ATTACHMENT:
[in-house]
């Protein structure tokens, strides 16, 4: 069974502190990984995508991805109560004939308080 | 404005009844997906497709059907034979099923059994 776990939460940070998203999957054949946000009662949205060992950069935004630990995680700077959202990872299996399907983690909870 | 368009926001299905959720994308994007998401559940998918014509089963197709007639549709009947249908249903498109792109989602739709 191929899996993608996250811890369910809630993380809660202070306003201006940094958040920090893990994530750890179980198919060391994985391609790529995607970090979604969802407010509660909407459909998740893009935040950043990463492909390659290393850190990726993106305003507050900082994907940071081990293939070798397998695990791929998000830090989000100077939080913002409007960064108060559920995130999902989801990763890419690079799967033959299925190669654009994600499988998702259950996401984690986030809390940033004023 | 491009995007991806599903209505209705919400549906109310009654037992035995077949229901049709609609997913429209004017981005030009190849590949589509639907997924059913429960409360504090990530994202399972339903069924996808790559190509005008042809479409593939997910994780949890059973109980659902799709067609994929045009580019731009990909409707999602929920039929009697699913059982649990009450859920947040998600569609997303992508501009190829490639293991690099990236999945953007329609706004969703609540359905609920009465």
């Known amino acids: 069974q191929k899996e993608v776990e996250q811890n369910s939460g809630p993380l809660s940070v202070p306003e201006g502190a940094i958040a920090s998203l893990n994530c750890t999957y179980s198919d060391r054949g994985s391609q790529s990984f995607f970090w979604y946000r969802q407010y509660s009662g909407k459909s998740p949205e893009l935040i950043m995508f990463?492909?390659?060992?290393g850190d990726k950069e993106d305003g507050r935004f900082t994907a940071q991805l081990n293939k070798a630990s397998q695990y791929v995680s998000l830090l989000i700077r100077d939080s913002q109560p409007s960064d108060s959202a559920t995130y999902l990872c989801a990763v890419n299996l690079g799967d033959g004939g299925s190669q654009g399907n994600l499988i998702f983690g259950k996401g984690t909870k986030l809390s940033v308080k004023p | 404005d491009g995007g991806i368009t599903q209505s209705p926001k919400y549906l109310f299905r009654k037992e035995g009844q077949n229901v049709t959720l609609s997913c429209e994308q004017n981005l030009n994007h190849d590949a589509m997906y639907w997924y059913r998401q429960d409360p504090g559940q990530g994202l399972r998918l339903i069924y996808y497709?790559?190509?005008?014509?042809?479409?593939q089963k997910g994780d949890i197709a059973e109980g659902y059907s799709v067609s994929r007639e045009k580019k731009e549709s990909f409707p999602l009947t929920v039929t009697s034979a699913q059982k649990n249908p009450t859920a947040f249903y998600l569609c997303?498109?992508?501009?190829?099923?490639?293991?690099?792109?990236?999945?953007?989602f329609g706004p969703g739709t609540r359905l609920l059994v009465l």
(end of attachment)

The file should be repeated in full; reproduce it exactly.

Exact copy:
[in-house]
């Protein structure tokens, strides 16, 4: 069974502190990984995508991805109560004939308080 | 404005009844997906497709059907034979099923059994 776990939460940070998203999957054949946000009662949205060992950069935004630990995680700077959202990872299996399907983690909870 | 368009926001299905959720994308994007998401559940998918014509089963197709007639549709009947249908249903498109792109989602739709 191929899996993608996250811890369910809630993380809660202070306003201006940094958040920090893990994530750890179980198919060391994985391609790529995607970090979604969802407010509660909407459909998740893009935040950043990463492909390659290393850190990726993106305003507050900082994907940071081990293939070798397998695990791929998000830090989000100077939080913002409007960064108060559920995130999902989801990763890419690079799967033959299925190669654009994600499988998702259950996401984690986030809390940033004023 | 491009995007991806599903209505209705919400549906109310009654037992035995077949229901049709609609997913429209004017981005030009190849590949589509639907997924059913429960409360504090990530994202399972339903069924996808790559190509005008042809479409593939997910994780949890059973109980659902799709067609994929045009580019731009990909409707999602929920039929009697699913059982649990009450859920947040998600569609997303992508501009190829490639293991690099990236999945953007329609706004969703609540359905609920009465």
């Known amino acids: 069974q191929k899996e993608v776990e996250q811890n369910s939460g809630p993380l809660s940070v202070p306003e201006g502190a940094i958040a920090s998203l893990n994530c750890t999957y179980s198919d060391r054949g994985s391609q790529s990984f995607f970090w979604y946000r969802q407010y509660s009662g909407k459909s998740p949205e893009l935040i950043m995508f990463?492909?390659?060992?290393g850190d990726k950069e993106d305003g507050r935004f900082t994907a940071q991805l081990n293939k070798a630990s397998q695990y791929v995680s998000l830090l989000i700077r100077d939080s913002q109560p409007s960064d108060s959202a559920t995130y999902l990872c989801a990763v890419n299996l690079g799967d033959g004939g299925s190669q654009g399907n994600l499988i998702f983690g259950k996401g984690t909870k986030l809390s940033v308080k004023p | 404005d491009g995007g991806i368009t599903q209505s209705p926001k919400y549906l109310f299905r009654k037992e035995g009844q077949n229901v049709t959720l609609s997913c429209e994308q004017n981005l030009n994007h190849d590949a589509m997906y639907w997924y059913r998401q429960d409360p504090g559940q990530g994202l399972r998918l339903i069924y996808y497709?790559?190509?005008?014509?042809?479409?593939q089963k997910g994780d949890i197709a059973e109980g659902y059907s799709v067609s994929r007639e045009k580019k731009e549709s990909f409707p999602l009947t929920v039929t009697s034979a699913q059982k649990n249908p009450t859920a947040f249903y998600l569609c997303?498109?992508?501009?190829?099923?490639?293991?690099?792109?990236?999945?953007?989602f329609g706004p969703g739709t609540r359905l609920l059994v009465l």